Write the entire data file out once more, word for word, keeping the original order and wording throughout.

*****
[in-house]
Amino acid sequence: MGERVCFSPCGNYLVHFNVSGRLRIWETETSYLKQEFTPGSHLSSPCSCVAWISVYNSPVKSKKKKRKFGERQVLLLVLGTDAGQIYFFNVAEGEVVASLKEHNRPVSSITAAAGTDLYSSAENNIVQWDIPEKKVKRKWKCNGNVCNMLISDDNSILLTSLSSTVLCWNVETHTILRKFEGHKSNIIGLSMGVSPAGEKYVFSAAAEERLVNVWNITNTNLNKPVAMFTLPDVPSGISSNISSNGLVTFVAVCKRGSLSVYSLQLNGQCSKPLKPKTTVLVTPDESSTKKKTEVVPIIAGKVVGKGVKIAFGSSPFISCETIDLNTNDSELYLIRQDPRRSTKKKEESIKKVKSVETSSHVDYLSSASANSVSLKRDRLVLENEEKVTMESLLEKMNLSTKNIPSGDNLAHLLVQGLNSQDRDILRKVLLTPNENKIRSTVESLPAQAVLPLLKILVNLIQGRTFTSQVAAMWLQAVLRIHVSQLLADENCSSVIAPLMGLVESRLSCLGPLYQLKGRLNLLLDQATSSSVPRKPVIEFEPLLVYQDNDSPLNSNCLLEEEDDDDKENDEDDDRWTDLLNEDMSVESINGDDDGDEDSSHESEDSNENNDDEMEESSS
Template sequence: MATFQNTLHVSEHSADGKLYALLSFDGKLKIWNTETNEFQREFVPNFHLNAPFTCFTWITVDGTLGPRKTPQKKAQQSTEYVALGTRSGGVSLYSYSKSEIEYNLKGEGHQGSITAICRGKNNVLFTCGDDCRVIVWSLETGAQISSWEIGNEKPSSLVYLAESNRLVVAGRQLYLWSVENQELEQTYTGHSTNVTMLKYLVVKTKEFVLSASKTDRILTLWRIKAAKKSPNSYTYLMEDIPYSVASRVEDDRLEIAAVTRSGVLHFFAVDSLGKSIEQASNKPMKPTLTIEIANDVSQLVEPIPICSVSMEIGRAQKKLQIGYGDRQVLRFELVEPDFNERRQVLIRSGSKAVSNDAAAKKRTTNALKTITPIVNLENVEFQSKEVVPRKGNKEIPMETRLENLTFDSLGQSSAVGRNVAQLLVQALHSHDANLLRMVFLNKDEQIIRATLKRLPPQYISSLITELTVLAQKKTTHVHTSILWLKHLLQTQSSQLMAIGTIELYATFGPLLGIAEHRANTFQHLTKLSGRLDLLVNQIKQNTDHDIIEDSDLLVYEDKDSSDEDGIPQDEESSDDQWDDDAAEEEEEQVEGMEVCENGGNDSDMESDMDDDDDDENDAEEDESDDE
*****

[in-house]
Amino acid sequence: MGERVCFSPCGNYLVHFNVSGRLRIWETETSYLKQEFTPGSHLSSPCSCVAWISVYNSPVKSKKKKRKFGERQVLLLVLGTDAGQIYFFNVAEGEVVASLKEHNRPVSSITAAAGTDLYSSAENNIVQWDIPEKKVKRKWKCNGNVCNMLISDDNSILLTSLSSTVLCWNVETHTILRKFEGHKSNIIGLSMGVSPAGEKYVFSAAAEERLVNVWNITNTNLNKPVAMFTLPDVPSGISSNISSNGLVTFVAVCKRGSLSVYSLQLNGQCSKPLKPKTTVLVTPDESSTKKKTEVVPIIAGKVVGKGVKIAFGSSPFISCETIDLNTNDSELYLIRQDPRRSTKKKEESIKKVKSVETSSHVDYLSSASANSVSLKRDRLVLENEEKVTMESLLEKMNLSTKNIPSGDNLAHLLVQGLNSQDRDILRKVLLTPNENKIRSTVESLPAQAVLPLLKILVNLIQGRTFTSQVAAMWLQAVLRIHVSQLLADENCSSVIAPLMGLVESRLSCLGPLYQLKGRLNLLLDQATSSSVPRKPVIEFEPLLVYQDNDSPLNSNCLLEEEDDDDKENDEDDDRWTDLLNEDMSVESINGDDDGDEDSSHESEDSNENNDDEMEESSS
Template sequence: MATFQNTLHVSEHSADGKLYALLSFDGKLKIWNTETNEFQREFVPNFHLNAPFTCFTWITVDGTLGPRKTPQKKAQQSTEYVALGTRSGGVSLYSYSKSEIEYNLKGEGHQGSITAICRGKNNVLFTCGDDCRVIVWSLETGAQISSWEIGNEKPSSLVYLAESNRLVVAGRQLYLWSVENQELEQTYTGHSTNVTMLKYLVVKTKEFVLSASKTDRILTLWRIKAAKKSPNSYTYLMEDIPYSVASRVEDDRLEIAAVTRSGVLHFFAVDSLGKSIEQASNKPMKPTLTIEIANDVSQLVEPIPICSVSMEIGRAQKKLQIGYGDRQVLRFELVEPDFNERRQVLIRSGSKAVSNDAAAKKRTTNALKTITPIVNLENVEFQSKEVVPRKGNKEIPMETRLENLTFDSLGQSSAVGRNVAQLLVQALHSHDANLLRMVFLNKDEQIIRATLKRLPPQYISSLITELTVLAQKKTTHVHTSILWLKHLLQTQSSQLMAIGTIELYATFGPLLGIAEHRANTFQHLTKLSGRLDLLVNQIKQNTDHDIIEDSDLLVYEDKDSSDEDGIPQDEESSDDQWDDDAAEEEEEQVEGMEVCENGGNDSDMESDMDDDDDDENDAEEDESDDE